Thursday 06/23/2016 by phishnet

TWIN CITIES RECAP: BUSTING OUT

Today's recap was written by guest blogger and Phish.net user Pete Burgess (@AlbanyYEM)

Tour openers have a certain transformative effect. There are no patterns established yet, no momentum gained or lost, and no acclimation to the normalcy of Phish being on tour. In this rebirth, there is a lightness in letting oneself go from the standards of what has come before and the norms of what one might expect, or perhaps sometimes even feel that one is owed. The joy is in the strangeness. It is a powerful feeling to be swept back into a self that is a little more naïve, a little freer from self-imposed restrictions, and a little more open to that simple joy.


Photo by Rene Huemer via Phish From the Road © Phish

These are my thoughts on the experience of being at this show, but of course a review needs to delve into more than just that aspect. But it is worth bearing in mind as we go through tour with our own analytical tendencies. That said, this was probably the strangest Phish show I’ve been to. From a critical perspective, that strangeness was both positive and negative. The oddness actually worked nicely in this unusual yet slightly understated first set. I have to confess that I did not identify "Pigtail" whatsoever, but the “I’m conscious again” refrain certainly fits the theme of awakening to the possibilities of the new tour.

"Wolfman’s Brother" works very nicely in the two-slot, and is a very welcome funk possibility in lieu of "Moma Dance." The jam was laid back, with Trey on sustain mostly, hinting at a sense of soaring beyond the bounds of the classic crescendo. Then Trey hits on a repeating-note rhythmic lick during the solo that sends us back towards the familiar "Wolfman’s" territory. "Daniel Saw the Stone" through "Undermind" was a nice run of song choices that somehow seemed to blend together to make sense.


Photo by Derek Gregory.

"Dear Prudence" was a mind-numbing shock. Those familiar with JGB might have gotten a bit more context from this already insane bustout (first time played since The White Album, 10/31/94). The Beatles may have written this song, but Jerry Garcia owns it. One of the best showcases for pure emotion, both vocally and through his guitar playing. It always struck me that it was for this reason that Phish had never returned to it, as perhaps it was too identified with Jerry. Maybe I read too much into it, but it was nonetheless a little bit sweeter for it in my own experience.

"Stash" again had the understated restraint in its opening jam, but this time it signaled a very nice dynamic flow towards crescendo. Things get slightly louder and slightly faster as we go, until before we know it Trey is riding the sustained peaks of tonic notes. Then dipping back down for more melodic tension and releasing. Each “gear” is slightly louder and faster with great dynamic control, but the actual crescendo didn’t quite reach the peak it was capable of. This was still a very enjoyable type-I "Stash" and really shows how important dynamics are for these build tunes. The rest of the set was enjoyable, with "Halfway to the Moon" getting a bit of extra mustard and "Walls of the Cave" hitting its always-enjoyable peak. This strange mix of songs somehow fit together to create a refreshingly unique first set.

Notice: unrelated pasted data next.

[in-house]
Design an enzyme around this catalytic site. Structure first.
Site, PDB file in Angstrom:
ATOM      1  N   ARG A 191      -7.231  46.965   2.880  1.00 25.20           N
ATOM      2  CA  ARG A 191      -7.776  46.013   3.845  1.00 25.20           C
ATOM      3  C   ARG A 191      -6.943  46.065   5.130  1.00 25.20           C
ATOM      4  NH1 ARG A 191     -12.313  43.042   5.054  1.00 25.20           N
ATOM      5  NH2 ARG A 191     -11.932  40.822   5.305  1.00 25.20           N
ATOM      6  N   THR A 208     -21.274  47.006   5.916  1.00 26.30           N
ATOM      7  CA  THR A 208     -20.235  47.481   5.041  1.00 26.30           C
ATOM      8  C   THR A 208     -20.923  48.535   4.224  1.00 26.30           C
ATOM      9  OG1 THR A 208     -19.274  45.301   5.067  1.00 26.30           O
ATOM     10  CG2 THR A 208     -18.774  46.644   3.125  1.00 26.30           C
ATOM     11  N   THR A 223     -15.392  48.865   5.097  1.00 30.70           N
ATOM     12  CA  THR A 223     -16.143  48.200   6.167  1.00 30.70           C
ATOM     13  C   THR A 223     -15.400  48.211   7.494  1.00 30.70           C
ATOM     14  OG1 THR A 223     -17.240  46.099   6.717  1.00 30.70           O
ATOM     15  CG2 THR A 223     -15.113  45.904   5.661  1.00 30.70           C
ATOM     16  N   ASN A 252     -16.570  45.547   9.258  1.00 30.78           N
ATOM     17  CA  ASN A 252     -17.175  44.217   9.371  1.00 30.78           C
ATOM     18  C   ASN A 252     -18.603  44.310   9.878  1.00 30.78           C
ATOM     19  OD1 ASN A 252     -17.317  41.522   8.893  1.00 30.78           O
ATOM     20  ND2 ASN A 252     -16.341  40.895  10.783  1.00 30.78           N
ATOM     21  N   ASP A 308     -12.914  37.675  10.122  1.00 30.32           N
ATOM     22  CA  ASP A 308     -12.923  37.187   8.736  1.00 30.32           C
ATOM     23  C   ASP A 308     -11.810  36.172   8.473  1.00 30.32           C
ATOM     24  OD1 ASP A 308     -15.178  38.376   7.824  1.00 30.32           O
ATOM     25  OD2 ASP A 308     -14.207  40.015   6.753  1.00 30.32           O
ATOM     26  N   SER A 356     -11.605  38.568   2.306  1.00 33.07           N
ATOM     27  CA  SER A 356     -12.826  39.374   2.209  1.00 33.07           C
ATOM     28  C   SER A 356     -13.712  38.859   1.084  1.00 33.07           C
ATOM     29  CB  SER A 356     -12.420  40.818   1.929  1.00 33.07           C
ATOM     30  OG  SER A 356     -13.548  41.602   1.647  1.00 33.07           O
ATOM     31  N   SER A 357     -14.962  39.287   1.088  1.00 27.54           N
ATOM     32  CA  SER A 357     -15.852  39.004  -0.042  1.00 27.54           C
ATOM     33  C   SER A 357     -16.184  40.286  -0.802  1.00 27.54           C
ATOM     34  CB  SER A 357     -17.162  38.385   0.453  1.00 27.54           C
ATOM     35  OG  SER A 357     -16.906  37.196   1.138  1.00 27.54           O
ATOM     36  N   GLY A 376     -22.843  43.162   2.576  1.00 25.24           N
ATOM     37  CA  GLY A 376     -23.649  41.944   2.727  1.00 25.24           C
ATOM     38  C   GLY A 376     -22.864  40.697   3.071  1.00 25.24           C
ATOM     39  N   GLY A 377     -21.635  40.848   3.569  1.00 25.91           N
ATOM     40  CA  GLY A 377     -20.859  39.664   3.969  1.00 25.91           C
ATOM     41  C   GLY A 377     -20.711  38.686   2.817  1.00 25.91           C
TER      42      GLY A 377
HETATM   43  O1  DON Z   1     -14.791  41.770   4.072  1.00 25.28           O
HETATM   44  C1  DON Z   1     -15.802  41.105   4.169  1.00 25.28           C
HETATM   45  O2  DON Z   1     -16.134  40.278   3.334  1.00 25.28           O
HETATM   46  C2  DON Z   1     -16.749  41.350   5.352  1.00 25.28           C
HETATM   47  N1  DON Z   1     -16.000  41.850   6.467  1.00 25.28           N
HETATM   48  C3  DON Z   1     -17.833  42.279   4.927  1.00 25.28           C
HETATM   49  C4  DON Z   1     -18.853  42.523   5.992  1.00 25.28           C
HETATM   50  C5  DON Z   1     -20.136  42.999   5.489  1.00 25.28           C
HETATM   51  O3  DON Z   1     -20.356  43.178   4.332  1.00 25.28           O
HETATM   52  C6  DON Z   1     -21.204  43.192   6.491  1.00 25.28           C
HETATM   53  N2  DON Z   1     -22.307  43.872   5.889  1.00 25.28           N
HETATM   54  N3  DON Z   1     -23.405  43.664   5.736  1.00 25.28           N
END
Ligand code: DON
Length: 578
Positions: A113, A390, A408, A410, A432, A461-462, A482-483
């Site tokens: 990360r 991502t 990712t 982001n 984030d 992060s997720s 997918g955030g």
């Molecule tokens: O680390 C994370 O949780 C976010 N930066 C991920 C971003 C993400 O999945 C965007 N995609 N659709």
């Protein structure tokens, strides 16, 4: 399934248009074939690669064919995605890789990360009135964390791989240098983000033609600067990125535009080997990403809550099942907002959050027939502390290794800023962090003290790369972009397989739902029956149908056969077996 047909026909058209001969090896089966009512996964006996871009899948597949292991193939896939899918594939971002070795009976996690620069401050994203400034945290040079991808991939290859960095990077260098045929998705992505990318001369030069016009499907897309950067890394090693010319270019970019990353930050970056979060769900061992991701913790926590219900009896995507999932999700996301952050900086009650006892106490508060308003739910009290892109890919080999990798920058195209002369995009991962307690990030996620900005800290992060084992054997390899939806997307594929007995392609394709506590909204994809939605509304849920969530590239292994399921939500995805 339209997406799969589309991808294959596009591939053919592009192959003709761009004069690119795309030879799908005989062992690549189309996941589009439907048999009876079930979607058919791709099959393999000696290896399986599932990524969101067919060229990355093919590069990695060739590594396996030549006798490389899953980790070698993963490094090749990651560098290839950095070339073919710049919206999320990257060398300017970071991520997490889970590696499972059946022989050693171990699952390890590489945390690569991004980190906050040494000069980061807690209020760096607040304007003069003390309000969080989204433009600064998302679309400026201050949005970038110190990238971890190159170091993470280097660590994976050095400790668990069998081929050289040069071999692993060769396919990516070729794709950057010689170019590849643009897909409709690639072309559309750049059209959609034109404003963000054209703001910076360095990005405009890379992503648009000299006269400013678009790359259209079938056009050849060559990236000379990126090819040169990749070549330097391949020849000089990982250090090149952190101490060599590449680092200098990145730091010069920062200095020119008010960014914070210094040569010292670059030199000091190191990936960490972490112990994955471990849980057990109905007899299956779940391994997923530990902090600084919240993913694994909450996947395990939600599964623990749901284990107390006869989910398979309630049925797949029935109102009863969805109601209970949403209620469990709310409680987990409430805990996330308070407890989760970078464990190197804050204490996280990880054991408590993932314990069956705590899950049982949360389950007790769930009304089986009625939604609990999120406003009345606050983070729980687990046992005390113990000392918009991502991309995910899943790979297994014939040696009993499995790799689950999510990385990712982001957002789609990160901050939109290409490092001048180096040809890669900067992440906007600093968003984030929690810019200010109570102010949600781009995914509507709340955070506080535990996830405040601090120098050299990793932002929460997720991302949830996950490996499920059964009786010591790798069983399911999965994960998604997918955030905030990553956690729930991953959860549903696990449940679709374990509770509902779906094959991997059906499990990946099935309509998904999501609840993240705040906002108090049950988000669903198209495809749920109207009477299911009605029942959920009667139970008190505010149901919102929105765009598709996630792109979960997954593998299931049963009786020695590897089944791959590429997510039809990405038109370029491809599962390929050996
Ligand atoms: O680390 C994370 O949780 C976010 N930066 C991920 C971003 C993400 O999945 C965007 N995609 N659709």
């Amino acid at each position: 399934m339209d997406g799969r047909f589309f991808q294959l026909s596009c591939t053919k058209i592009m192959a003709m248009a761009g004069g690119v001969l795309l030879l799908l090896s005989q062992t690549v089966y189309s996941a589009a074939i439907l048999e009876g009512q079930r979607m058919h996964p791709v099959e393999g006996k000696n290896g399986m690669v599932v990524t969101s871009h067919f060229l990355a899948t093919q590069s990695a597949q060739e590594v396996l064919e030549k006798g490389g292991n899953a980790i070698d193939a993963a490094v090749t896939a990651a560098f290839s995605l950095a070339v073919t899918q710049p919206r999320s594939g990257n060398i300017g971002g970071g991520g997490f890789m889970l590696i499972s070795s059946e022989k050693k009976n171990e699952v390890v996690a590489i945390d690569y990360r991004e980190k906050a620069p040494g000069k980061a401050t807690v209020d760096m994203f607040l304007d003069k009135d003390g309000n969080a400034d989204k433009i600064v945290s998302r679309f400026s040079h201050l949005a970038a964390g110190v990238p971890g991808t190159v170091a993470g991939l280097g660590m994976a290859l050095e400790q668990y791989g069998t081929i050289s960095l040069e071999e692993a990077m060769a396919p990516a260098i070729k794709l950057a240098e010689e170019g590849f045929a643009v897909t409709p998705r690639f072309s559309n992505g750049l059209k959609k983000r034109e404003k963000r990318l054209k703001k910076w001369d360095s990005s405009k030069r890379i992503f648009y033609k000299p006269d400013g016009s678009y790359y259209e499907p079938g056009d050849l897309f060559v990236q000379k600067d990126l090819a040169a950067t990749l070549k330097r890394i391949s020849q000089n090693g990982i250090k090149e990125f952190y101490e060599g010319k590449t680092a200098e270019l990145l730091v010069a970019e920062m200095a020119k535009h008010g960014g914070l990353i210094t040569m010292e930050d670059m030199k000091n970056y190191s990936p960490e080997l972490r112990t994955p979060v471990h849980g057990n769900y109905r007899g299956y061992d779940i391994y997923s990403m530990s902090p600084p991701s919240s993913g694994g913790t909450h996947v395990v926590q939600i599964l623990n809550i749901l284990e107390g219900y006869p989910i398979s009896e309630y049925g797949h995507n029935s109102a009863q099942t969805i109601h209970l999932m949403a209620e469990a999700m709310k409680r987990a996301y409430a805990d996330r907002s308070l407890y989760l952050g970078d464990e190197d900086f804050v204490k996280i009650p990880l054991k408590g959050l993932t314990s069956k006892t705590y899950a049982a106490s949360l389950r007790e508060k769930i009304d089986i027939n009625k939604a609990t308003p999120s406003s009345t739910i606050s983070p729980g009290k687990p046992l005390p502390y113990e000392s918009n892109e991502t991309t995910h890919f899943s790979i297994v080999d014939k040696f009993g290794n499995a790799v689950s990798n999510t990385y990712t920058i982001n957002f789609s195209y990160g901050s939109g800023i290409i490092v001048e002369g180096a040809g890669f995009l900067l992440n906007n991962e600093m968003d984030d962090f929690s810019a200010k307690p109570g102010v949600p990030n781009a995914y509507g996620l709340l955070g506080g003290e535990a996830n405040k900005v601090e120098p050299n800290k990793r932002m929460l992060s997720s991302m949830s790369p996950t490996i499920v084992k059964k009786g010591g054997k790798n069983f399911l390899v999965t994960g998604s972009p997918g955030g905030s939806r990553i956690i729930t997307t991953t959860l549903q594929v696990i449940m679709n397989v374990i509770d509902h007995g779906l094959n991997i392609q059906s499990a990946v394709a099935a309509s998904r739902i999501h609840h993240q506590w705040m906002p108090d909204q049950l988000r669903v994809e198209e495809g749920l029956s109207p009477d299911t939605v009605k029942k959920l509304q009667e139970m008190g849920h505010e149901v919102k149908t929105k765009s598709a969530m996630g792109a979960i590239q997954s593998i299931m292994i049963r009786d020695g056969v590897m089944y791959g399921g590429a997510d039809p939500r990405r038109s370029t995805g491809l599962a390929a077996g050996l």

Photo by Rene Huemer via Phish From the Road © Phish

I have to admit that the second set’s strangeness, from a purely analytic review point of view, didn’t somehow fit together. The first sharp turn came from out of the haze of the absolutely-will-always-precede-"Disease" fog and straight into… "Mike’s Song." This was very welcome for me personally as I sometimes feel that I’ve seen every second set opening "Disease" ever played. I love "Mike’s." Find me the worst version ever played and I will happily lap it up. But to be more objective, it was pretty standard fare. Things started to look like they would get strange (of the good variety) when Trey started chording after the standard solo, which seemed to offer the whiff of the possibility of moving outside the type-I "Mike’s" box. But Trey returns to single-note solo sustains and we are back in familiar territory. It’s funny to think of "I Am Hydrogen" as unexpected out of "Mike’s" but at this point I think that’s fair to say. It was its usual lovely self—weightless flight through the ethereal after the fuzzy dirt of "Mike’s."

"Weekapaug Groove" kicks in with Mike funking it up briefly to the delight of all. Trey starts things off with a lovely and patient dance in the lower regions of the 'Doc. It’s the kind of beginning that says, "we have you here all night, the second set has just begun, and you will damn well love every second of the journey before the peak." Trey’s type-I playing throughout the night was extremely poignant with inventive melodic lines of unusual phrasing and unexpected sustains. His best stuff came in this "Weekapaug." It means that he is finding themes to play to remind us that the song isn’t just one long guitar solo. The peak, though, again does not reach full maturity. This was something of a recurring theme throughout the night. The jams were short.

It was at this point that (as the assumed "objective reviewer") I have to say that set flow became a problem. Well sure, the "Mike’sGroove" was nice so I suppose "Bouncin'" isn’t the end of all hope for humanity. "Ghost" starts up and the air becomes palpable as it nibbles at the first type-II of 2016 proper. The actual song portion was spiced up a bit with some screaming chords. I should know the name of the effect but I don’t. Even more oddly, a "Little Drummer Boy" tease is fit into the breakdown reminding me of "Santa Clause Is Coming to Town" from the 7/31/97 "YEM." It just works. It’s awesome, somehow. Trey’s tone absolutely growls here a la some kind of gnarly 2.0 "46 Days."


Photo by @swervinben